The AI Kurt Cobain Song Is Proof We Need New Digital Rights Legislation

Artificial intelligence is capable of accomplishing some truly incredible feats. Given that technology tends to progress exponentially, said feats are becoming more innumerable by the day – I mean, Microsoft just dished out $19.7 billion to bolster its AI lineup with Nuance Communications. 

There are some aspects of progress that are a little shadier, though. While it’s not necessarily a situation where either side is inherently wrong, I reckon the waters become pretty murky once you use a tool to leverage a professional musician or actor’s voice for your own commercial gain. This is totally new territory, which makes legislating against it fairly difficult – but surely there needs to be some kind of digital rights regulation that protects and preserves a person’s voice as their own property.

While this definitely has an impact on games – for example, a Witcher modder recently used AI to replicate Doug Cockle’s Geralt voice in a fanmade quest – it has far wider-reaching connotations as well. I’m thinking of that Nirvana song that came out last week, which absolutely is not even close to a Nirvana song. Kurt Cobain died in 1994 – the idea that someone could profit off a staunchly anti-capitalist artist’s “music” 27 years after he died via the use of a voice generation tool makes me feel pretty uneasy. It’s like feeding a bot tons of Shakespeare, giving it time to become decent beyond “where art thou Romeo?” and passing off its work for your own material gain.

For what it’s worth, I know how the public domain works. For example, in the UK, where the rule is life plus 70 years, JRR Tolkien’s The Lord of the Rings will become public domain in 2043, meaning it belongs to the public as opposed to the individual author who wrote it. The above point about Shakespeare is obviously covered by this too – Shakespeare’s entire oeuvre now belongs to the people. But Kurt Cobain has been dead for less than 30 years. Geralt’s voice actor is only 50 years old and is still actively performing. To not only borrow their voices, but use them for creative endeavors they are not and cannot possibly be aware of is frankly absurd, especially where money is concerned.

That’s not to say AI generation is inherently bad. Last year I spoke to a Russian AI team called Mind Simulation who were using technology to create a fully responsive Geralt of Rivia. They fed it all of the information from the Witcher games and books, which allowed the AI to understand things about itself and the fictional world around it. This wasn’t done for commercial gain, though – it was an exercise in improving the technology behind voice acting, audio design, and cutting-edge AI. You still need an actor with this tech, it just improves the fictional character’s ability to interact with you or whoever else outside of the fiction is engaging with them, as well as making it easier for their lines to be converted into other languages. If the AI knows everything about Geralt and the AI also knows Russian, English inputs can be instantly translated by default – it improves how accessible games are for people from different countries, and is therefore valuable in a whole other way to the more harmful nature of AI-driven cash grabs.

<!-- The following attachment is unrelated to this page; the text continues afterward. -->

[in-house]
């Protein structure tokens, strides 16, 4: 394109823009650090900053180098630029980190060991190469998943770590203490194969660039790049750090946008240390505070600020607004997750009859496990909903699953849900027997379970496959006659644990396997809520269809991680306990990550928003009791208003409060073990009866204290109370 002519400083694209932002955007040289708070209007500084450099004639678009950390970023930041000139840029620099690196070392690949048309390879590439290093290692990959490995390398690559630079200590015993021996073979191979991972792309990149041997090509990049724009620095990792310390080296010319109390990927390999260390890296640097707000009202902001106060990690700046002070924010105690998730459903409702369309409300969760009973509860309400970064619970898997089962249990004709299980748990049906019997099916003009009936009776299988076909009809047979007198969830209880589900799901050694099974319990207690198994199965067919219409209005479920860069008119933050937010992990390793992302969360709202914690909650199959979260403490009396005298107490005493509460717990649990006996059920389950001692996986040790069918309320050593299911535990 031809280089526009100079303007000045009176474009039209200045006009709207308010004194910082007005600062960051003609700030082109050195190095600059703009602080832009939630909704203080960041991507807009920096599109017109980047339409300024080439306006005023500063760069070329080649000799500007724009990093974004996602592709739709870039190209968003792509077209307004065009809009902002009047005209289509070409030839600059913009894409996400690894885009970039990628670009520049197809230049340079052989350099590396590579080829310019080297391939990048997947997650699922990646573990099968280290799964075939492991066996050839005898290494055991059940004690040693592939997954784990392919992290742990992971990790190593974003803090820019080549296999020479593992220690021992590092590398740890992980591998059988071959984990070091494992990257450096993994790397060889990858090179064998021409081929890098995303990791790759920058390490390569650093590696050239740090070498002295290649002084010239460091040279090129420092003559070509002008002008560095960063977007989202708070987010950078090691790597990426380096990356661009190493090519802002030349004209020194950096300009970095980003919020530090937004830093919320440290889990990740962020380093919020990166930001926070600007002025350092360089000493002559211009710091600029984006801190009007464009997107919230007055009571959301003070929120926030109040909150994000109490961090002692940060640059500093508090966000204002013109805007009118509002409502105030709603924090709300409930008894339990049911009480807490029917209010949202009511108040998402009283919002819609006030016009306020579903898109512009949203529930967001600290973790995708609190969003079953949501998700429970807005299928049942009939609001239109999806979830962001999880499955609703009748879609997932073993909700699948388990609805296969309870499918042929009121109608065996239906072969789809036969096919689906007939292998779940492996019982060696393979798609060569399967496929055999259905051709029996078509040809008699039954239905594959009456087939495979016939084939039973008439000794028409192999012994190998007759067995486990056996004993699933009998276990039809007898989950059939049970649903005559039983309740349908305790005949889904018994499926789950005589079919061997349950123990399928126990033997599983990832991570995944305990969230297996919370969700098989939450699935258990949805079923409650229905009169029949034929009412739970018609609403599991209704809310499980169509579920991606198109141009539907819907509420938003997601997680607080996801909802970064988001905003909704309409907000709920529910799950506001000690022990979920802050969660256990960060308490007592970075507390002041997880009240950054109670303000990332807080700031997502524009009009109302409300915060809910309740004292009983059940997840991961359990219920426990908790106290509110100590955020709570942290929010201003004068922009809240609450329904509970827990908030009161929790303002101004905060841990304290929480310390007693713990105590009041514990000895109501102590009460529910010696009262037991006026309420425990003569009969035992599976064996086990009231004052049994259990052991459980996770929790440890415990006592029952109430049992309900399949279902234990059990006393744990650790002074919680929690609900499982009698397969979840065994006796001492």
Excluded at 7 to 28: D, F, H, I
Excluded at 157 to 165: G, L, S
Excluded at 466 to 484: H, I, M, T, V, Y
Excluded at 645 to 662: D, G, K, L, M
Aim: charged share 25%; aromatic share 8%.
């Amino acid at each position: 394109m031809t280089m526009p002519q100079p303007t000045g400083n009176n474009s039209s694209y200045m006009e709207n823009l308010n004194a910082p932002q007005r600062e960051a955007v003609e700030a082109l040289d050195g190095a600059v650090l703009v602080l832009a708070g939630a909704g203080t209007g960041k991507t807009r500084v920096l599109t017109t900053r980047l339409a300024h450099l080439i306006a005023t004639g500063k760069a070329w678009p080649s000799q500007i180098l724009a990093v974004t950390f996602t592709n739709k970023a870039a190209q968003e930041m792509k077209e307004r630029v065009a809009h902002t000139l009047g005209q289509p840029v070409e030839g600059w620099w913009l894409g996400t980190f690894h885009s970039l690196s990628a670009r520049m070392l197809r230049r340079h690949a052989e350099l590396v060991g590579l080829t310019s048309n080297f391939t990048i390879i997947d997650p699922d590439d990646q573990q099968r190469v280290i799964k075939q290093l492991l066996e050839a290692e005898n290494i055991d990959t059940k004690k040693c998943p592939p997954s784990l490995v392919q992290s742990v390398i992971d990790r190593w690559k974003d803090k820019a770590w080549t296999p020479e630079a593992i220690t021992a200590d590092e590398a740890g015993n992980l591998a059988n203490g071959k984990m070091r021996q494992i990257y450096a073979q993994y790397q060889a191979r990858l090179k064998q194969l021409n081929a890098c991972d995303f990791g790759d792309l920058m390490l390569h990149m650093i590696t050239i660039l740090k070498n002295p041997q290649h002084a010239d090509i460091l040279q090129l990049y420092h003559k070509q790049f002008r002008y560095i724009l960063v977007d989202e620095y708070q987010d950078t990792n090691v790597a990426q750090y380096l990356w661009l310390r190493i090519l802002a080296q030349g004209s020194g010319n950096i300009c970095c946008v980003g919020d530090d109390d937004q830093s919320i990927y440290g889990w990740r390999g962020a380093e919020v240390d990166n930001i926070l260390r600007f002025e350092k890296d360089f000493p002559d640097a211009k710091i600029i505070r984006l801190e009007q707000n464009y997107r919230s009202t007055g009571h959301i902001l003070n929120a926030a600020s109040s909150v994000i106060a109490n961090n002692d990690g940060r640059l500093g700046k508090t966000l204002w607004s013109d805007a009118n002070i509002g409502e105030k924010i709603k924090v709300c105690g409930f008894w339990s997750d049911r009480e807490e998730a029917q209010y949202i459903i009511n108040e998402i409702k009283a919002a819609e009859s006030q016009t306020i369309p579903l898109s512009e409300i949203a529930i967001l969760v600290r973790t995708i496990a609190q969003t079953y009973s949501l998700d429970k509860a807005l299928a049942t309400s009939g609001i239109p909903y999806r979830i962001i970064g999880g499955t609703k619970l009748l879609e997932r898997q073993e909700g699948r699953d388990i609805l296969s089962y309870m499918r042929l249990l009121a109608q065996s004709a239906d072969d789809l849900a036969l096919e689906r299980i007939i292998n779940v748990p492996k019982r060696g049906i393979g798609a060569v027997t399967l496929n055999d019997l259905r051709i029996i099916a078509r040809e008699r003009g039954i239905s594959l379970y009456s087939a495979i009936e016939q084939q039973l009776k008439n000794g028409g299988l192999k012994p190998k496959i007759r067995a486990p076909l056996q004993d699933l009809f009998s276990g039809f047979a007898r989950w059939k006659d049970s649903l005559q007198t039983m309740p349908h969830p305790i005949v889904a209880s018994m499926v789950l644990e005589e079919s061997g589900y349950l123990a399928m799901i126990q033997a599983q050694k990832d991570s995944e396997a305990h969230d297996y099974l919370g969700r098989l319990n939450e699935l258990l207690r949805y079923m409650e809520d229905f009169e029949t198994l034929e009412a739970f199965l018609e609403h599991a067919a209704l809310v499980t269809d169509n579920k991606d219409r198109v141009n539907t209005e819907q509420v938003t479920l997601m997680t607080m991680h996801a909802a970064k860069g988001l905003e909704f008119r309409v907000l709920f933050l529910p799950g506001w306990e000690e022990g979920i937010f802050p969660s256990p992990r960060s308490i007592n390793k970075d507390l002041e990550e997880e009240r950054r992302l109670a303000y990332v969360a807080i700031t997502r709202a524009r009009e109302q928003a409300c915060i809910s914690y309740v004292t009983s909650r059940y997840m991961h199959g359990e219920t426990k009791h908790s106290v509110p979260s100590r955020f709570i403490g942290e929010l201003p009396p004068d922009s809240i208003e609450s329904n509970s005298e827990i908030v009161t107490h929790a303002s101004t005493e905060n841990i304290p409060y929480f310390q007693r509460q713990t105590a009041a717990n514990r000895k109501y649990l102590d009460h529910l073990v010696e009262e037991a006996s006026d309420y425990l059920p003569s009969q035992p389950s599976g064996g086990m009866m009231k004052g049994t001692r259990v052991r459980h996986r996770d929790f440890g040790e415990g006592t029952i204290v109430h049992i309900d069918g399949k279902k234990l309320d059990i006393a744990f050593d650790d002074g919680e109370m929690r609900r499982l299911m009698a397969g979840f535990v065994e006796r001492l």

It’s a strange and unprecedented time we live in. Cutting-edge technology allows for action that has never needed to be legislated before this precise moment, which means that there is a natural period of grace during which people – typically already rich ones – can abuse the lack of measures preventing exploitative behaviour. The least we can do is at least talk about it, though – have the conversation now instead of waiting for new statutes to come into play later. When I saw that Witcher mod, I thought, “Hey, more Witcher!” That’s cool in and of itself, and as far as I can tell it’s a non-commercial project, but the simple fact that it exists means that a fully commercial one could have readily been designed in lieu of it. This technology is already here and is being iterated on daily by who knows how many people all over the world. The time for tackling new-age digital law fit for setting distinct boundaries in relation to the use of AI-generated voices is now, especially when they are explicitly being developed for the sake of real-life replication.

I don’t know about you, but the idea of a Nirvana song coming out in 2021 and being passed off as “what Kurt Cobain would have written today” doesn’t quite sit right with me. I wouldn’t be happy about a game studio refusing to call their actor back because they can just use AI to doctor their voice after a handful of voiceover sessions either. I’m all for using this technology for good – improving accessibility, efficiency, and the technological backbone of a realistic character driven by competent AI – but the waters are far too murky for comfort right now.

Next: Stop Leaving Fans To Patch Bad PC Ports Or Start Paying Them

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Cian Maher is the Lead Features Editor at TheGamer. He’s also had work published in The Guardian, The Washington Post, The Verge, Vice, Wired, and more. You can find him on Twitter @cianmaher0.

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